Patch veeery slow to behave smoothly

    Feb 24 2012 | 5:48 pm
    Hi all! I have something like 280 loadbangs in my patch, and i thing this is the reason why it starts reacting properly after more than 60000 milliseconds. Which I know you know is a minute ;-)
    I wish to have just onebang which drives sequentially the other ones,as i read this could speed up performance. But If everything was in the same window, no problem: just a [t b b b b b b etc.] would have done it. But what if I have multiple subpatchers (so no direct patchords)? I don't know what's the best way to efficiently do that.
    Ah… and I *hope* the slowdown is a loading issue and not another one...: 280 loadbangs to trigger in order is not a very fun game ;-) Any tip?

    • Feb 24 2012 | 6:26 pm
      In my biggest patch, I adopted a scheme that works pretty well for me. In the upper left corner of my top-level patch, I have a sub-patcher that receives a loadbang, and starts a process of counting to 100, driven by a metro. I distribute this value via [s LoadPercent]. Then in all my abstractions, bpatchers, and subpatchers, I have an [r LoadPercent] and fire off my local initialization when the LoadPercent exceeds some threshold.
      This way I can determine the order in which things get initialized, across a giant, sprawling, patch.
      It adds a little time to my startup, but everything always starts up in the proper order.
    • Feb 24 2012 | 7:49 pm
    • Feb 24 2012 | 11:45 pm
      nice, indeed! looks like a lot of different [>] made one by one, if I get it right
    • Feb 25 2012 | 12:31 am
      They probably don't all need to be at different times, but yeah.
    • Feb 25 2012 | 10:13 am
      My implementation of Chris Muirs suggestion:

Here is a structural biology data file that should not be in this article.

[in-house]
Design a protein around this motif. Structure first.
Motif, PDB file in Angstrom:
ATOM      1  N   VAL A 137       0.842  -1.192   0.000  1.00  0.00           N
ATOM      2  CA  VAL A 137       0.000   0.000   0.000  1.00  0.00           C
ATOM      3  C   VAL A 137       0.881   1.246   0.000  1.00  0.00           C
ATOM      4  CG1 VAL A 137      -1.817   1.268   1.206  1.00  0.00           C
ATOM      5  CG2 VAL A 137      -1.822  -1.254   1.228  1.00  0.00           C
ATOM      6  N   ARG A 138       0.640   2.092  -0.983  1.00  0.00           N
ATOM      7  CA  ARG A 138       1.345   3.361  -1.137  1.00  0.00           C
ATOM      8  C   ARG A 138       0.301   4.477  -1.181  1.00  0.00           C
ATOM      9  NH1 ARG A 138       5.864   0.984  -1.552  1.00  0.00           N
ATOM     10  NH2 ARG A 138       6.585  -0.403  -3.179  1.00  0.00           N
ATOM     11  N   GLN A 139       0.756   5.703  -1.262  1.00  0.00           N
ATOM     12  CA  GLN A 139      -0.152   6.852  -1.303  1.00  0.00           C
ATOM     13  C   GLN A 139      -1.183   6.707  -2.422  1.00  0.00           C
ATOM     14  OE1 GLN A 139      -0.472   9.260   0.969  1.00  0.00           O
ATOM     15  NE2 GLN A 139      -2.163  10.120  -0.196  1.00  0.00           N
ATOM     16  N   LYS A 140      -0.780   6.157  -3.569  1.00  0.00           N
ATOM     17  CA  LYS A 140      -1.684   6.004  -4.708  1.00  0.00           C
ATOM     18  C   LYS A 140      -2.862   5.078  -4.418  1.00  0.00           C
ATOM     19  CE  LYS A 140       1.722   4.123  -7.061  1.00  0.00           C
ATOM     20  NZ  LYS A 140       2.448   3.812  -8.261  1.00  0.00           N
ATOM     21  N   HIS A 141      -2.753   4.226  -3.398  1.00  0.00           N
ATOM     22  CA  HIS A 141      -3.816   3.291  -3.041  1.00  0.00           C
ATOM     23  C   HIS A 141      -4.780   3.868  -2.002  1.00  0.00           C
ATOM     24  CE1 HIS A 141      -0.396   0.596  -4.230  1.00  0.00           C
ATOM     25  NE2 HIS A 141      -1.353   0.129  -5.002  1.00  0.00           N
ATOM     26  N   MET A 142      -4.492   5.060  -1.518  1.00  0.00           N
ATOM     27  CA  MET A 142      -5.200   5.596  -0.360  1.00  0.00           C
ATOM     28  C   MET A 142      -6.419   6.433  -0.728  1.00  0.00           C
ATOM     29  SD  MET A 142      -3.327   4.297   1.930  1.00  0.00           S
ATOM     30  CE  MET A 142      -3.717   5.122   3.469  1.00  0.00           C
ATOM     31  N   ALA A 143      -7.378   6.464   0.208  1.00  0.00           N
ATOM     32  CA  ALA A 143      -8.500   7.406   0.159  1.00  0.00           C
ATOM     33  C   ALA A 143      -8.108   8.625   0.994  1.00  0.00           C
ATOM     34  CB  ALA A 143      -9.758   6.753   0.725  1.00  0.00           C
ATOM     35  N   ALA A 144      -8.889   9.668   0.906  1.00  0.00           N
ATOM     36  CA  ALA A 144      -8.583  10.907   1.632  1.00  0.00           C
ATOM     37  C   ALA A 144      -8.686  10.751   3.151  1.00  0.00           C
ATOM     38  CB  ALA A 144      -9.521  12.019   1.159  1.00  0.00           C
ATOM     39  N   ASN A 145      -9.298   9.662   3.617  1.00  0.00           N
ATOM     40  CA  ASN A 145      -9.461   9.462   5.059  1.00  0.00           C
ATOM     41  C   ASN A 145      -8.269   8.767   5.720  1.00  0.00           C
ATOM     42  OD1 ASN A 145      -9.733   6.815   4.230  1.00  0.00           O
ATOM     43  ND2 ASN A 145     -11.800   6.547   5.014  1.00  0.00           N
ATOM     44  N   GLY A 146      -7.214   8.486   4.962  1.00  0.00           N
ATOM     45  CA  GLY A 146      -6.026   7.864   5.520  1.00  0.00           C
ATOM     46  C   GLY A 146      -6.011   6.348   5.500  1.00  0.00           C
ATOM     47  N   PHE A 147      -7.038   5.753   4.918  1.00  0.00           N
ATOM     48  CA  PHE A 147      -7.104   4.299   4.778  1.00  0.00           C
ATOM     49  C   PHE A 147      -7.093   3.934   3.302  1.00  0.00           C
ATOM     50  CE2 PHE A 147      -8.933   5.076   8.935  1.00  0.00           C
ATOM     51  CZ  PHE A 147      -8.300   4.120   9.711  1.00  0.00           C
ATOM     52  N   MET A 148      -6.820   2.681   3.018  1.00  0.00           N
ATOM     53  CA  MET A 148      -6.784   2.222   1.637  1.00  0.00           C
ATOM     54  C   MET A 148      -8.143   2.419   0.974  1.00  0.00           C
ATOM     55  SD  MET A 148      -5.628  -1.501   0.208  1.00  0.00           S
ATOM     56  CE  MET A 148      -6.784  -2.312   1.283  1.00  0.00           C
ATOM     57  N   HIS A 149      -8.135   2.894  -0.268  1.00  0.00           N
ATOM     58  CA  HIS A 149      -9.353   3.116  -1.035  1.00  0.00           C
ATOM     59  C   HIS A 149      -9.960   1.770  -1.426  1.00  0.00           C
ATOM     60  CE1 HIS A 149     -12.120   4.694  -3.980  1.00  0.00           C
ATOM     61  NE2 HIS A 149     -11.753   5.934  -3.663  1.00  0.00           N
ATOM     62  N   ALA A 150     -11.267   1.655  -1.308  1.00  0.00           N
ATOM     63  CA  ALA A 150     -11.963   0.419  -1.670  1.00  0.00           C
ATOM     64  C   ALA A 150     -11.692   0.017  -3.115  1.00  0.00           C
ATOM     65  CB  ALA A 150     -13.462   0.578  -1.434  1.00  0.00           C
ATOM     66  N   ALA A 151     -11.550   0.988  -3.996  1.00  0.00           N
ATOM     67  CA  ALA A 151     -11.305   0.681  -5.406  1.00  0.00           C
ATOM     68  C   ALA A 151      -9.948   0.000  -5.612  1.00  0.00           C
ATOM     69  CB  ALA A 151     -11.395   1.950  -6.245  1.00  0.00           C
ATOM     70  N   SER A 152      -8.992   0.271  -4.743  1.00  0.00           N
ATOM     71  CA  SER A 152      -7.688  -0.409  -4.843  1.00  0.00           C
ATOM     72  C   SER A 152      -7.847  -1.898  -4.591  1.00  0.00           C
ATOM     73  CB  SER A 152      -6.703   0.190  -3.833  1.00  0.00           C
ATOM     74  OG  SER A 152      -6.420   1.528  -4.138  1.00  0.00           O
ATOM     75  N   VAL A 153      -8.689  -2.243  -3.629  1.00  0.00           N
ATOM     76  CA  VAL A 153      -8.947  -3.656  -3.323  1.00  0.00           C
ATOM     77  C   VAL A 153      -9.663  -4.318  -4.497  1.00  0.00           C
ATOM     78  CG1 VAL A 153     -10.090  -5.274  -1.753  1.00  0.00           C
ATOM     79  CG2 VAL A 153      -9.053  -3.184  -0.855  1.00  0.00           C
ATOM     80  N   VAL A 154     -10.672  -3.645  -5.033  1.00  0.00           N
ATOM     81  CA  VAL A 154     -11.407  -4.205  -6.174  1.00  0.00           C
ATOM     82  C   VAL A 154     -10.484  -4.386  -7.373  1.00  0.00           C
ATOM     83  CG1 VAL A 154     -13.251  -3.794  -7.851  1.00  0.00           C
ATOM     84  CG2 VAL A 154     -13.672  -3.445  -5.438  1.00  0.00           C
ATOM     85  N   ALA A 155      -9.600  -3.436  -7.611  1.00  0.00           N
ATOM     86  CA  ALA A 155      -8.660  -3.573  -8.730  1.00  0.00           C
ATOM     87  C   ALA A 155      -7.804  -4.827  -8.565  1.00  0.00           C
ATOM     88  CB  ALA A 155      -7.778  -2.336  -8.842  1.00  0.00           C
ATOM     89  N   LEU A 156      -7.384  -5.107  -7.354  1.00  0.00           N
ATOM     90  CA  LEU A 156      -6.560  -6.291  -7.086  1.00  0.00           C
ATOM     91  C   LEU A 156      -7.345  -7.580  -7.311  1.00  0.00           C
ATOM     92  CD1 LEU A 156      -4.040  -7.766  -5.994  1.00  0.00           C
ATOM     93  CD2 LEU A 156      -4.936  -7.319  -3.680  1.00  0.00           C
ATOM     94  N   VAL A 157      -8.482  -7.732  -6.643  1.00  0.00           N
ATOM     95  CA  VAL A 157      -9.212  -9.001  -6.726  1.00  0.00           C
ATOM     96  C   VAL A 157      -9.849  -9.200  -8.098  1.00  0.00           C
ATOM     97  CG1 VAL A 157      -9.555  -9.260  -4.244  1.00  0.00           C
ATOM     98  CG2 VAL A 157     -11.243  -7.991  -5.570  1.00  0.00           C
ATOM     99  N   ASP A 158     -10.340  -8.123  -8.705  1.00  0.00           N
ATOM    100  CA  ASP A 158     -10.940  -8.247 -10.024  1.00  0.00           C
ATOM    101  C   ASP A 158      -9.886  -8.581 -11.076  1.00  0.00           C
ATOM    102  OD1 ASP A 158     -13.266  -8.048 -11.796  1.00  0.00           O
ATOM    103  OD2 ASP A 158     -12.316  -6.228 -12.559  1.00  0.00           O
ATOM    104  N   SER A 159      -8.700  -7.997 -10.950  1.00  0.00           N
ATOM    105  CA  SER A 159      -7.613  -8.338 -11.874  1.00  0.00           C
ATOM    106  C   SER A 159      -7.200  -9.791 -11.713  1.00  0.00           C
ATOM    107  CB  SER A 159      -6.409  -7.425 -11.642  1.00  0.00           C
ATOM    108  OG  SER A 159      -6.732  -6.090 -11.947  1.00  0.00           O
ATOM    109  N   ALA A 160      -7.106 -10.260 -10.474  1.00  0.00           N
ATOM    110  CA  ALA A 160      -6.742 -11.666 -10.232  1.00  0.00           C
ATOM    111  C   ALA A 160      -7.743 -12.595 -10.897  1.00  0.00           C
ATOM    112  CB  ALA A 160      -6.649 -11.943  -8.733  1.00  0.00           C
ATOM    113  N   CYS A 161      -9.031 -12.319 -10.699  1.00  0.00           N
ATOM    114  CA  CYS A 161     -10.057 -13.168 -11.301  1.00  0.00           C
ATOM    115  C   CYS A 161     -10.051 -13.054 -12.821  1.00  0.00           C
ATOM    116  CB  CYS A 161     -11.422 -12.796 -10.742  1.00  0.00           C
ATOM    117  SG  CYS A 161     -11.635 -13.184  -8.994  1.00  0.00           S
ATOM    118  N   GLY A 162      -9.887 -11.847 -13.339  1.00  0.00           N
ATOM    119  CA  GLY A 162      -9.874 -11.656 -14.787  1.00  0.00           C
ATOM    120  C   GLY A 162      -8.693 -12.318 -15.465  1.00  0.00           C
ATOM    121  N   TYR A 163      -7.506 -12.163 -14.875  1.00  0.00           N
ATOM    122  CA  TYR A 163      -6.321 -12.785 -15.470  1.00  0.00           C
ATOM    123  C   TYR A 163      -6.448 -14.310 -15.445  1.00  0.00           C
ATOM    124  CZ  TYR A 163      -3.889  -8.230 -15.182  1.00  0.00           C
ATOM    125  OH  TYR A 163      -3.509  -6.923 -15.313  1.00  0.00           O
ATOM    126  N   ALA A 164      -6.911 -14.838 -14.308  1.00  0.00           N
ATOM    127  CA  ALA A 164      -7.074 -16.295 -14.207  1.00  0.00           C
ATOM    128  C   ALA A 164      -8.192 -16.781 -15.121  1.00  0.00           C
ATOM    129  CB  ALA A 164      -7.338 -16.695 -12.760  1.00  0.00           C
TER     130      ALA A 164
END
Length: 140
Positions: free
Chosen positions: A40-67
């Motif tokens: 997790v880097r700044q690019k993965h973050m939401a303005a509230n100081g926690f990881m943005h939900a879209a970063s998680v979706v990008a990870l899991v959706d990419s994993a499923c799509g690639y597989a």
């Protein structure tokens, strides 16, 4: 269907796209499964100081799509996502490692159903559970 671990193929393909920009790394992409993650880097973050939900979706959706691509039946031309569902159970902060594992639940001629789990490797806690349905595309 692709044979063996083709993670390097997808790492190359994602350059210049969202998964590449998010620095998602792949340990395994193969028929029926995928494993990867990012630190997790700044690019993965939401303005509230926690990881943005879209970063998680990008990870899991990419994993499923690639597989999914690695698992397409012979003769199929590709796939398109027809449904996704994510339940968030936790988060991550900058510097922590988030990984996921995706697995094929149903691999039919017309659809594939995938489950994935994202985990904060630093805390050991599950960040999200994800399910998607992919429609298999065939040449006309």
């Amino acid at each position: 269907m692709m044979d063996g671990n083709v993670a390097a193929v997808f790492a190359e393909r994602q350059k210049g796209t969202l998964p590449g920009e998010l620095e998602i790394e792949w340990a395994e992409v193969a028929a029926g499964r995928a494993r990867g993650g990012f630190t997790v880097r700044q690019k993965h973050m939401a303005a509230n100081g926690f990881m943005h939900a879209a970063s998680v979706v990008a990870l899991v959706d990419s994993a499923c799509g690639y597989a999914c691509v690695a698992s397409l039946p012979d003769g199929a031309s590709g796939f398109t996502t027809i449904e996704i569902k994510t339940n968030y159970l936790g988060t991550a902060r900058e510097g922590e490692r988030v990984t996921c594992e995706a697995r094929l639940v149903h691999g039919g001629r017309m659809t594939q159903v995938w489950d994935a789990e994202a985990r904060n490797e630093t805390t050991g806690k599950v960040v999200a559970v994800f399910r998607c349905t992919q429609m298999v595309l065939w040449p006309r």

Save abstraction as "loadpercent.maxpat":
      The loadpercent sender patch:
    • Mar 25 2012 | 8:11 pm
      hi! how did you know how to use patches attributes like - sel #1? is it discussed in some help file?
    • Mar 25 2012 | 8:54 pm
      #1 is not strictly speaking an attribute, but rather an argument.
      See Max Basic Tutorial 15 – Abstractions
    • Mar 28 2012 | 11:08 am
      thanks! thats great!
    • May 12 2015 | 8:38 pm
      I implemented something very close to this, but I ran into a stumbling block.
      Because I was having problems with pattr binds not being found, I decided to wait till the whole patch is done to load them. So I made a binding abstraction. Problem is, whatever percent I put this abstraction at, all instances fire at the same time. I'd like to space them out, because it's several minutes before they all get themselves sorted out. But I'd rather not send each one a bang order externally.
      I'm thinking there might be a way with a global variable that each instance can change? Maybe the first one to trigger at X% sets % back to x-1%..... thinking out loud here. (then it would have to flag itself as loaded the next time the % hit, I guess....)
      I guess I can always embed bang% as an argument to the abstraction. Probably easier in the long run, and more precise. But in my case, I just need some things (pattrs/poly) in place before the binds, and some things to wait until they are done. I don't think the actual order of the binds matters.